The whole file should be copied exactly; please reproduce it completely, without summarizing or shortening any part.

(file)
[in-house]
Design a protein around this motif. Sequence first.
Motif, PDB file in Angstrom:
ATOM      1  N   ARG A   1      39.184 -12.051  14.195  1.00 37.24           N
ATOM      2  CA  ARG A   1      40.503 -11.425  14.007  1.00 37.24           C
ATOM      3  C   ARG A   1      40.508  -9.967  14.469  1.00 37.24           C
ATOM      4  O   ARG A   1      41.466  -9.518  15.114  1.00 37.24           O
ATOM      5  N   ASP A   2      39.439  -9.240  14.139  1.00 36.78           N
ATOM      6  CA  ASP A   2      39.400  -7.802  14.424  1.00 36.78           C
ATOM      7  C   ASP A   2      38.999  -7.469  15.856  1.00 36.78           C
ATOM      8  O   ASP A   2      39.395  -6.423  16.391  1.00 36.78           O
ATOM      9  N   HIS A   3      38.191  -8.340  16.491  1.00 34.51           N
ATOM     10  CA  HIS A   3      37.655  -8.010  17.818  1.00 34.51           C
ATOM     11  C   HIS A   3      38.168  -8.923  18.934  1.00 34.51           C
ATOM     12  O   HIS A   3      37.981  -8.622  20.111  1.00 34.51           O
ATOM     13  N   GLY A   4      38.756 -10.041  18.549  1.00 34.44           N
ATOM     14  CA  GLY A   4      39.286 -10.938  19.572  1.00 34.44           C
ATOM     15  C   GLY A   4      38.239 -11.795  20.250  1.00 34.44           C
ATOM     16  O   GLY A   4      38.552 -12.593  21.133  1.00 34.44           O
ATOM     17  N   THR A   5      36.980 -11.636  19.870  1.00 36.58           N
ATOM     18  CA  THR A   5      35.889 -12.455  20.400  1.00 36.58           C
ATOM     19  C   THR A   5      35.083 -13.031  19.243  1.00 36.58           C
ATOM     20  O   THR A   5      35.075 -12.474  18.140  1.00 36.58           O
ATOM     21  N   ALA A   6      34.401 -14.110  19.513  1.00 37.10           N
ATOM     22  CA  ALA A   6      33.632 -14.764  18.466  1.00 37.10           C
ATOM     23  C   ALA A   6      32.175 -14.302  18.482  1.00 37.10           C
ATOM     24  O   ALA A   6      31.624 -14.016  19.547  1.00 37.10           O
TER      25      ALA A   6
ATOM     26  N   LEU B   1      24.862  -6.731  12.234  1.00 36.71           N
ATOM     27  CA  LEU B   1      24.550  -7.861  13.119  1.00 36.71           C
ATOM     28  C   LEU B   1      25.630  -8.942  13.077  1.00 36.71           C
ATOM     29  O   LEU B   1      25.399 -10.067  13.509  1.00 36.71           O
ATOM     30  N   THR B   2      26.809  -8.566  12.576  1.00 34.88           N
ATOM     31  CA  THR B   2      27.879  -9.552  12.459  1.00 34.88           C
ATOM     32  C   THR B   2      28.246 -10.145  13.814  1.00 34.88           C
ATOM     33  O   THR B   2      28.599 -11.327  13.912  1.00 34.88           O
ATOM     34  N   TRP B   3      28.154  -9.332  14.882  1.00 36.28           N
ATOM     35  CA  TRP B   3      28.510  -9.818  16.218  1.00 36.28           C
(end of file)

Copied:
[in-house]
Design a protein around this motif. Sequence first.
Motif, PDB file in Angstrom:
ATOM      1  N   ARG A   1      39.184 -12.051  14.195  1.00 37.24           N
ATOM      2  CA  ARG A   1      40.503 -11.425  14.007  1.00 37.24           C
ATOM      3  C   ARG A   1      40.508  -9.967  14.469  1.00 37.24           C
ATOM      4  O   ARG A   1      41.466  -9.518  15.114  1.00 37.24           O
ATOM      5  N   ASP A   2      39.439  -9.240  14.139  1.00 36.78           N
ATOM      6  CA  ASP A   2      39.400  -7.802  14.424  1.00 36.78           C
ATOM      7  C   ASP A   2      38.999  -7.469  15.856  1.00 36.78           C
ATOM      8  O   ASP A   2      39.395  -6.423  16.391  1.00 36.78           O
ATOM      9  N   HIS A   3      38.191  -8.340  16.491  1.00 34.51           N
ATOM     10  CA  HIS A   3      37.655  -8.010  17.818  1.00 34.51           C
ATOM     11  C   HIS A   3      38.168  -8.923  18.934  1.00 34.51           C
ATOM     12  O   HIS A   3      37.981  -8.622  20.111  1.00 34.51           O
ATOM     13  N   GLY A   4      38.756 -10.041  18.549  1.00 34.44           N
ATOM     14  CA  GLY A   4      39.286 -10.938  19.572  1.00 34.44           C
ATOM     15  C   GLY A   4      38.239 -11.795  20.250  1.00 34.44           C
ATOM     16  O   GLY A   4      38.552 -12.593  21.133  1.00 34.44           O
ATOM     17  N   THR A   5      36.980 -11.636  19.870  1.00 36.58           N
ATOM     18  CA  THR A   5      35.889 -12.455  20.400  1.00 36.58           C
ATOM     19  C   THR A   5      35.083 -13.031  19.243  1.00 36.58           C
ATOM     20  O   THR A   5      35.075 -12.474  18.140  1.00 36.58           O
ATOM     21  N   ALA A   6      34.401 -14.110  19.513  1.00 37.10           N
ATOM     22  CA  ALA A   6      33.632 -14.764  18.466  1.00 37.10           C
ATOM     23  C   ALA A   6      32.175 -14.302  18.482  1.00 37.10           C
ATOM     24  O   ALA A   6      31.624 -14.016  19.547  1.00 37.10           O
TER      25      ALA A   6
ATOM     26  N   LEU B   1      24.862  -6.731  12.234  1.00 36.71           N
ATOM     27  CA  LEU B   1      24.550  -7.861  13.119  1.00 36.71           C
ATOM     28  C   LEU B   1      25.630  -8.942  13.077  1.00 36.71           C
ATOM     29  O   LEU B   1      25.399 -10.067  13.509  1.00 36.71           O
ATOM     30  N   THR B   2      26.809  -8.566  12.576  1.00 34.88           N
ATOM     31  CA  THR B   2      27.879  -9.552  12.459  1.00 34.88           C
ATOM     32  C   THR B   2      28.246 -10.145  13.814  1.00 34.88           C
ATOM     33  O   THR B   2      28.599 -11.327  13.912  1.00 34.88           O
ATOM     34  N   TRP B   3      28.154  -9.332  14.882  1.00 36.28           N
ATOM     35  CA  TRP B   3      28.510  -9.818  16.218  1.00 36.28           C